It’s been about seven years since I was super lean. Shredded. Twelve percent body fat and completely obsessed with counting calories and tracking macros.
During my “lean phase” I ate 1,500 calories every single day, trained for two or more hours, and waited for the weekend so that I could go “off plan” and binge to my heart’s desire. Every Monday morning I would step on the scale, cry, and then punish myself all week with intense exercise and strict dieting.
Friday morning I would weigh myself again, just to see if all of my obsessive behavior had resulted in the loss of Monday’s bloat. It almost always did, and in that case, I would consider myself worthy. I would reward myself with pizza, cookies, orange chicken, and wine.
This behavior sounds neurotic to me now, but I think back on those days and remember not even questioning it. I was hustling to be lean… because I was hustling to be lean.
I wasn’t competing. I wasn’t even modeling at that point. I just needed—desperately—to be lean. There was no other reason, or no real reason, anyway.
Today, as I sit here 15 pounds heavier and a million times happier, I ask myself why.
Why did I need to be so lean? Why was my body fat the main focus of my entire life? Why did I struggle, and hustle, and cry when the scale showed a one-pound gain?
Today, I can ask those questions, and I can do it without judgment. After all, in the seven years since I’ve been shredded, I’ve grown, expanded, and become relentlessly comfortable in my own skin. But at that point in my life, the point during which leanness was the ultimate pursuit, I never asked myself why.
Had I asked, I think I would have been shocked at the answer. I wasn’t hustling for a low body fat percentage because I needed to be lean for any reason whatsoever. And, in the end, I wasn’t actually hustling for leanness at all—I was hustling for worthiness.
I didn’t own my worthiness.
Somewhere along the way, my inherent, implacable worthiness was challenged. It had become debatable, conditional, and controlled by external forces.
I didn’t realize it at the time, but after years of reflection and coaching other women on empowerment and body image, I’ve found that so many of us have experienced this loss of worthiness. So many of us have hustled for love, belonging, and success—often in the form of body transformation. All the while, we’ve had no real idea why we were doing so.
This is, in my experience, the first step. We have to ask why.
If we find ourselves on this relentless, brutal, unforgiving quest for some arbitrary number or physical appearance, the first step towards breaking free is simply asking why.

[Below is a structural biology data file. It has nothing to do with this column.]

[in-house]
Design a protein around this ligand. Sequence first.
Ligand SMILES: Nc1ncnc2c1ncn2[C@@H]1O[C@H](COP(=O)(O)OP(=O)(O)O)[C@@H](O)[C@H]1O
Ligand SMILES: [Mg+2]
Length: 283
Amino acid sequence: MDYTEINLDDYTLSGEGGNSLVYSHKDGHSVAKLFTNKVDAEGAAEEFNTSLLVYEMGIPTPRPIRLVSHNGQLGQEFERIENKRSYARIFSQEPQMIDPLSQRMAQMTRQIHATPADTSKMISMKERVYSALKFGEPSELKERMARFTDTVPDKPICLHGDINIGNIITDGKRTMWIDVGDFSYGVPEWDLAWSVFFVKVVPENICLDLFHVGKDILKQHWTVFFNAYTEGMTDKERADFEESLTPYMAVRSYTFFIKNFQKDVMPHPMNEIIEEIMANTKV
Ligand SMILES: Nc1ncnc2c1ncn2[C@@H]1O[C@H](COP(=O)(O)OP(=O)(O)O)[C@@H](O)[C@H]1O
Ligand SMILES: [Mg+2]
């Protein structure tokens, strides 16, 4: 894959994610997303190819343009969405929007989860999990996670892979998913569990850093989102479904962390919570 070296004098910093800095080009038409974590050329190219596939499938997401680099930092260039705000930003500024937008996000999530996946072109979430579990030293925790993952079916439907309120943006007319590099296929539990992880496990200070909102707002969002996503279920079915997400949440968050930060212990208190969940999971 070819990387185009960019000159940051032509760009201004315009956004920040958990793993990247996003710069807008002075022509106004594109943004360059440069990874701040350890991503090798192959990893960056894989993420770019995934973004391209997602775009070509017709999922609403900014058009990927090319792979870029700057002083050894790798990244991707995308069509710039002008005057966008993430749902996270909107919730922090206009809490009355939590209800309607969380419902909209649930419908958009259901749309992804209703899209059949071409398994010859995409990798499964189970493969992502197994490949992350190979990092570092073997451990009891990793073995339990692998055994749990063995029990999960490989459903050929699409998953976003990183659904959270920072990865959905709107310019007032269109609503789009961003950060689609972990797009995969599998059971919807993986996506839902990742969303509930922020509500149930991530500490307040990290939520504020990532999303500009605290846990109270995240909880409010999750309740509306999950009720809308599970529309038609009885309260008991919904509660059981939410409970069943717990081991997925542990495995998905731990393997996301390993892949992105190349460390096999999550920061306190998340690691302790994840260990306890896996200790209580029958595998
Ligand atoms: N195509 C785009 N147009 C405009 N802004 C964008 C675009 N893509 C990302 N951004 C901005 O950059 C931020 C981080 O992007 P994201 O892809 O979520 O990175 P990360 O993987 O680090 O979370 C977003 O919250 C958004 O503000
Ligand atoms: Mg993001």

I never asked why. I was on “lean or bust” autopilot, but deep down inside, there was a quiet, lurking feeling that if I could just be leaner…
I could finally be worthy of love and success.
My boyfriend wouldn’t cheat on me.
I would be more respected as a trainer.
I could be worthy of affection and praise.
Today I know I’m not alone; I know so many of us have lived with that constant, judgmental whisper. We might not even be fully aware that it’s there. We just know that we need to eat cleaner, exercise harder, get smaller, all so that we can be worthy.
We have to stop and ask why.
Why do I think I need to lose 10 pounds?
Why do I think I need to be x% body fat?
Why do I have this unyielding belief that when I reach that arbitrary physique goal, then I’ll be happy?
It’s all in the asking. When we stop to ask why— with honest and compassionate discernment—we come to realize that there does not exist a solid, honest-to-goodness reason for all this hustling.
When we find the courage to ask why, we realize:
- Our inner critics tell us we simply aren’t good enough unless we can become leaner, smaller, tighter, and more aesthetically pleasing (whatever that is at any given moment).
- The media tells us what a woman’s body should like, and urges us to chase a “bikini-worthy body” at all costs.
- Someone in our past or present has given us the idea that we need to change our body in pursuit of love, affection, or relationship stability.
- Comparison convinces us that we aren’t good enough because look at all the other perfect bodies, and why can’t we be perfect too!?
These are those mean little whispers that we bring to the foreground when we choose to ask why. Once they become transparent, they no longer have a solid reason for existing. They can’t control our worthiness when we ask why.
Today, with my worthiness firmly in my own grasp, I no longer feel the incessant desire to be lean at all costs. I no longer act without feeling aligned with the “why” behind my actions. I know that my “why” for all of my actions is to be authentically me—to be comfortable in my body, and intentional in my life.
I know that I want to stand in my power, to live in the fullness of my being, to help other women reclaim their worthiness, love their bodies, and find the courage to ask why.